At the end of June, Governor Ron DeSantis signed Senate Bill 1008—commonly
referred to as “Andrew’s Law”—which toughens measures
against hazing after loopholes were found after the November 2017 death
of Andrew Coffey, a Florida State University junior who died after he
was forced to drink an entire bottle of Wild Turkey Bourbon while pledging
for Pi Kappa Phi.
When Andrew became ill, fraternity members moved him to a couch, instead
of seeking immediate medical attention in fear of facing prosecution.
He was found dead the following morning.
Andrew’s Law made the following changes to Florida’s hazing statute:
Fraternity and sorority leaders who didn’t attend the hazing event
can be prosecuted – Those who coordinate a hazing event, but didn’t personally
show up to the event, can still be held criminally liable if a pledge
or fraternity member suffers a serious or fatal injury.
Fraternity and sorority members who seek help for a hazing victim will
not be prosecuted – The first person who contacts police or emergency medical services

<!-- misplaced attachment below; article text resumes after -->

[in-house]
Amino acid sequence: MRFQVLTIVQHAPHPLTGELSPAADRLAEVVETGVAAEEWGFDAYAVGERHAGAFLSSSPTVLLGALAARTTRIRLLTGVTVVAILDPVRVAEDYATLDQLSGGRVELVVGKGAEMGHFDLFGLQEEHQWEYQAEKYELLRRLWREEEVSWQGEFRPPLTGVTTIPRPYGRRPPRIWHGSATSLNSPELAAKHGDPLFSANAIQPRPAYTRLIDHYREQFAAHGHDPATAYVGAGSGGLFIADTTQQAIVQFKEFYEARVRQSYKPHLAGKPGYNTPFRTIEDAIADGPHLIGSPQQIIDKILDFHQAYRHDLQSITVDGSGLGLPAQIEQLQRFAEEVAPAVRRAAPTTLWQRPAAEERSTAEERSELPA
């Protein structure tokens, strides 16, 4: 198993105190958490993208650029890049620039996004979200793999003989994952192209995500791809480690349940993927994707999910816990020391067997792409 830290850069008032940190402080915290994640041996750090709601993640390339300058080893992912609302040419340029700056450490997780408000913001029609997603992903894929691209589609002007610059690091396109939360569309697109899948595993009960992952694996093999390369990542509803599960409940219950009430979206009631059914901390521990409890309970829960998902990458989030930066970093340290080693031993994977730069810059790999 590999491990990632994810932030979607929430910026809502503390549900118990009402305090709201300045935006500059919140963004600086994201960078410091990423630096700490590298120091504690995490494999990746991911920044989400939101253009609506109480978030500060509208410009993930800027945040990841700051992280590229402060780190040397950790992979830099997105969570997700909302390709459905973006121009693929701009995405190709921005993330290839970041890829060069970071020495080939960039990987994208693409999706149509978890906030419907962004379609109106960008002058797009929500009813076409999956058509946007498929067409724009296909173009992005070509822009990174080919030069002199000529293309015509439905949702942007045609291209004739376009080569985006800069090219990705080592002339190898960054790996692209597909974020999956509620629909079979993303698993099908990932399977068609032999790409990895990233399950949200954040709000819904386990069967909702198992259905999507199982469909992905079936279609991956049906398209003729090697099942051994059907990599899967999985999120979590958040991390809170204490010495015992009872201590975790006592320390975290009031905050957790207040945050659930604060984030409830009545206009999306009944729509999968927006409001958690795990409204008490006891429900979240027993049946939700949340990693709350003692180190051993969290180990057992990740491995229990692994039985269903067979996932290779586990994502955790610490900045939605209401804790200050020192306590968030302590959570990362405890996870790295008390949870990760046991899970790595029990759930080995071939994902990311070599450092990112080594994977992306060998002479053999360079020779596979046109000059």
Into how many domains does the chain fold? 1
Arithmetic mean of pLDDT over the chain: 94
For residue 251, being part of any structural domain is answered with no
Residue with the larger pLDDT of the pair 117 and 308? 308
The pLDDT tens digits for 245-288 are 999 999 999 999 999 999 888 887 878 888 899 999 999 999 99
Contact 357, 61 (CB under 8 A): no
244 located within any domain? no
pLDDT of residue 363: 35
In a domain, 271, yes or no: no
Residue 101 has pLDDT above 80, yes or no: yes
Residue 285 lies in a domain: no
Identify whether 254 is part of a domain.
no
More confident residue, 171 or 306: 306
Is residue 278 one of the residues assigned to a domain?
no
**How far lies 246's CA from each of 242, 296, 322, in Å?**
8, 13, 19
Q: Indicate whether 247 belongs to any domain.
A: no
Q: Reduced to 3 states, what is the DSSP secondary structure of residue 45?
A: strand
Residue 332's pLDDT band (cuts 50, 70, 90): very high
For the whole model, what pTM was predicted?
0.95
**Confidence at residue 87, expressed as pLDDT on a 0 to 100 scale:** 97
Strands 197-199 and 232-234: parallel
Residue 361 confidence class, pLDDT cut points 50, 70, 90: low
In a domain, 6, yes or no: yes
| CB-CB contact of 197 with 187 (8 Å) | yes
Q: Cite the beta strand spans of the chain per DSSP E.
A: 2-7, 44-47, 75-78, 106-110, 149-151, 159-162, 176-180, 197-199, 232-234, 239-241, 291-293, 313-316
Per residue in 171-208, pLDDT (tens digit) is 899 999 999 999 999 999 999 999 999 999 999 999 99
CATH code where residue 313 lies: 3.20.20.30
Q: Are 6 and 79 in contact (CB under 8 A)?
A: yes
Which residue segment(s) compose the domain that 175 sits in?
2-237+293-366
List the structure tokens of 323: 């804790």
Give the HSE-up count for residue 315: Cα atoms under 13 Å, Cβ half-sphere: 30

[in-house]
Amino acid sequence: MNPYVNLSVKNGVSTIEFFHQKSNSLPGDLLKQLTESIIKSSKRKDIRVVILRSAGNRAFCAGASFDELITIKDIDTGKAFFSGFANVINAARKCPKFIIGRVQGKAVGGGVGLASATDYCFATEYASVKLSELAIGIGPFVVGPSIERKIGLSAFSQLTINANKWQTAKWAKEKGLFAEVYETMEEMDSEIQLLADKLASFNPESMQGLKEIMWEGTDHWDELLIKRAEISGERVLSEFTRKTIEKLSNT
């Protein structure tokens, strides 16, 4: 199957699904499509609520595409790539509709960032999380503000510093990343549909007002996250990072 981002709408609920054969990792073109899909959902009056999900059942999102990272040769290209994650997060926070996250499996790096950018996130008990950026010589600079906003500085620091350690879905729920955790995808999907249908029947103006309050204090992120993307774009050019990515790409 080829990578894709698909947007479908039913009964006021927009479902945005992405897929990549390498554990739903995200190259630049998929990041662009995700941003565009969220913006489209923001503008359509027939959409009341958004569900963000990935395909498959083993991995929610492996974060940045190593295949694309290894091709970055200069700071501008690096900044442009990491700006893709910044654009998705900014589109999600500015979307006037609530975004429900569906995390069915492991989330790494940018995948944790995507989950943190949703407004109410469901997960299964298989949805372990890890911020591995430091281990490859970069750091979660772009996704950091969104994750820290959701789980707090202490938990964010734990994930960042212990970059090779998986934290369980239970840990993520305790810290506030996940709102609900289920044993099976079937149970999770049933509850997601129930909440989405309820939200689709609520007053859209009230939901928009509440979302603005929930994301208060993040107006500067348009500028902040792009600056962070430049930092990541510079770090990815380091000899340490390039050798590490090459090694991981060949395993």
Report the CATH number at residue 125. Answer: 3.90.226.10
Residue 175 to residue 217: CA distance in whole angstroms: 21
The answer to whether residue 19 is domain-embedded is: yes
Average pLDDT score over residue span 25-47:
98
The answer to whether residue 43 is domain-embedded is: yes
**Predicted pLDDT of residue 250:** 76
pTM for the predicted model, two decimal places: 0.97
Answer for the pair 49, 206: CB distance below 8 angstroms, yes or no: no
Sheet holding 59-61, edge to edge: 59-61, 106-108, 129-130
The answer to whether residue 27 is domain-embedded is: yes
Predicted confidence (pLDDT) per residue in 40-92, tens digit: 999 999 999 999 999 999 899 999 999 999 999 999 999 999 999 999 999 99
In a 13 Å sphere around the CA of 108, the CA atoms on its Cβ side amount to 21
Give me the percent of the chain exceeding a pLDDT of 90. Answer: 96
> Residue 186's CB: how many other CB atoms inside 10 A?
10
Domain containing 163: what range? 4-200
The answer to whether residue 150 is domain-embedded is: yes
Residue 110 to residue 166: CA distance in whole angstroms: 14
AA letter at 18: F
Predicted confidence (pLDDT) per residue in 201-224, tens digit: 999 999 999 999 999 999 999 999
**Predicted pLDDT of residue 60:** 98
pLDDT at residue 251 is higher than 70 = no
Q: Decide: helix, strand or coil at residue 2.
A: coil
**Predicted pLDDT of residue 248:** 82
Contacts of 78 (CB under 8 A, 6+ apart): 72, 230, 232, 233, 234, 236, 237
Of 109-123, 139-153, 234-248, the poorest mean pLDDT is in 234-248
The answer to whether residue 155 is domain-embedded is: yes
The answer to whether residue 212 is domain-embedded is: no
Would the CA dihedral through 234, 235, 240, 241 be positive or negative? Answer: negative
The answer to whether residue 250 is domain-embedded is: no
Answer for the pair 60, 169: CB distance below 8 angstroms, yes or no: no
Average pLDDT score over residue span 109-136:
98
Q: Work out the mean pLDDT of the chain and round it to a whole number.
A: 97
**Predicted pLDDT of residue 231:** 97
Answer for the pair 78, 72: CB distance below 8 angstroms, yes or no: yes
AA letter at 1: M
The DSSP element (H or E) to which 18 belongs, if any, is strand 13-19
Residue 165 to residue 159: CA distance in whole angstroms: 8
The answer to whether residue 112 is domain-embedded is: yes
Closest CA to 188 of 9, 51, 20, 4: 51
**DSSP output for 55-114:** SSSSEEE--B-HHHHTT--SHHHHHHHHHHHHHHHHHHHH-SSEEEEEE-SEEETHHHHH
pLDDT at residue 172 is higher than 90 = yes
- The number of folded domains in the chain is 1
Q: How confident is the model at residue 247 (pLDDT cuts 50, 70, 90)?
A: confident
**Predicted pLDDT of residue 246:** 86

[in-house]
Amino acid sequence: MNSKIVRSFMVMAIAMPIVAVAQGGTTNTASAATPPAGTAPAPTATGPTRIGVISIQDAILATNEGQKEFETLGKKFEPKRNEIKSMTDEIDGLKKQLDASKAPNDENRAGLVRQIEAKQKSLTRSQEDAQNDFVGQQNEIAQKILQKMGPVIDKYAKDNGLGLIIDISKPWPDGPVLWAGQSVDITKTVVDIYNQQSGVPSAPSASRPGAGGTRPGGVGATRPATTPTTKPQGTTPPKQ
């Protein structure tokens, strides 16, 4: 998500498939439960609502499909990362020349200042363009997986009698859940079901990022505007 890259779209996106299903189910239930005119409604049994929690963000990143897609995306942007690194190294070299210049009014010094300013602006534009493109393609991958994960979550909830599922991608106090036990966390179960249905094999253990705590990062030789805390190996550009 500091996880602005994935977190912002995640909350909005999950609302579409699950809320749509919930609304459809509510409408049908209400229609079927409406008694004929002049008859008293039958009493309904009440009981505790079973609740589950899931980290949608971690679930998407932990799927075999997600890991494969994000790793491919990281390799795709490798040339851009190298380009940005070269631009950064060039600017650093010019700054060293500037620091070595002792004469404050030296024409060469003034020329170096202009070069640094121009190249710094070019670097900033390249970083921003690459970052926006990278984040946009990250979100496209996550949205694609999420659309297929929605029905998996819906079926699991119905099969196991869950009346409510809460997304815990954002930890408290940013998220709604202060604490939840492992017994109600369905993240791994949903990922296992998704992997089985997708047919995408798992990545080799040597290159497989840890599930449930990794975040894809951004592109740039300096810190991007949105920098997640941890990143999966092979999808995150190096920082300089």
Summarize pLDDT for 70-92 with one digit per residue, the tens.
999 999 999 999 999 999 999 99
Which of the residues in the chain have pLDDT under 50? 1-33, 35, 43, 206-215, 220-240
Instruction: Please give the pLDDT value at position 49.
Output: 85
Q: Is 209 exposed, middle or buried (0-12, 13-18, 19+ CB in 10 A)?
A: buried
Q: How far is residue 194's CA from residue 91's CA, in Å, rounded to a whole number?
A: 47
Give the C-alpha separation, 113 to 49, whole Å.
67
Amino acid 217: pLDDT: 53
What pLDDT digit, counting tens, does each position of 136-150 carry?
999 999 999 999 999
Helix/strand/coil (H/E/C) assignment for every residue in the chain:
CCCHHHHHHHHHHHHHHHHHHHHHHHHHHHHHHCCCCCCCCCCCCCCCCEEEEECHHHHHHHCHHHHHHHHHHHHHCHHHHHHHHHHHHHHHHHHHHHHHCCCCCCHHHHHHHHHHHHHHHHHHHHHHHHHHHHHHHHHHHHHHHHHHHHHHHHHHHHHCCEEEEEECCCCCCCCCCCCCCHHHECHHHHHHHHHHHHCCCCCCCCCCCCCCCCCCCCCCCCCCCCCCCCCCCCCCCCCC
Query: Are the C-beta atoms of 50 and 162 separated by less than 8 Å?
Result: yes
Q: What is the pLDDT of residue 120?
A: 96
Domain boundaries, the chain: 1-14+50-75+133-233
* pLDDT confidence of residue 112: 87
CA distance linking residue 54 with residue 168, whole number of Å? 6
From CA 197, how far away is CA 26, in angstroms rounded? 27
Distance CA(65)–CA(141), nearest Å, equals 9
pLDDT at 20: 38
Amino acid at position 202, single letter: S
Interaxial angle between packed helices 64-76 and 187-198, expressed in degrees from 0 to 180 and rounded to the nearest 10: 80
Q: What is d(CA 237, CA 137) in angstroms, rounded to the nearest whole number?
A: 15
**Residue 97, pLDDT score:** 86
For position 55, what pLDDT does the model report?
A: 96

to aid a hazing victim and anyone those attempting to help the victim
while waiting for an ambulance will not be charged.
Hazing a former fraternity or sorority member can lead to criminal charges – The previous statute didn’t address former members, only pledges
and current members of a fraternity or sorority.
In 2005, then-Governor Jeb Bush signed the “Chad Meredith Act”,
which made hazing incidents involving serious injury or death a third-degree
felony, rather than a misdemeanor.
If you have been charged with hazing in Daytona Beach,
contact the Law Offices of Stepniak Park today at (386) 253-4750 and request a complimentary case review.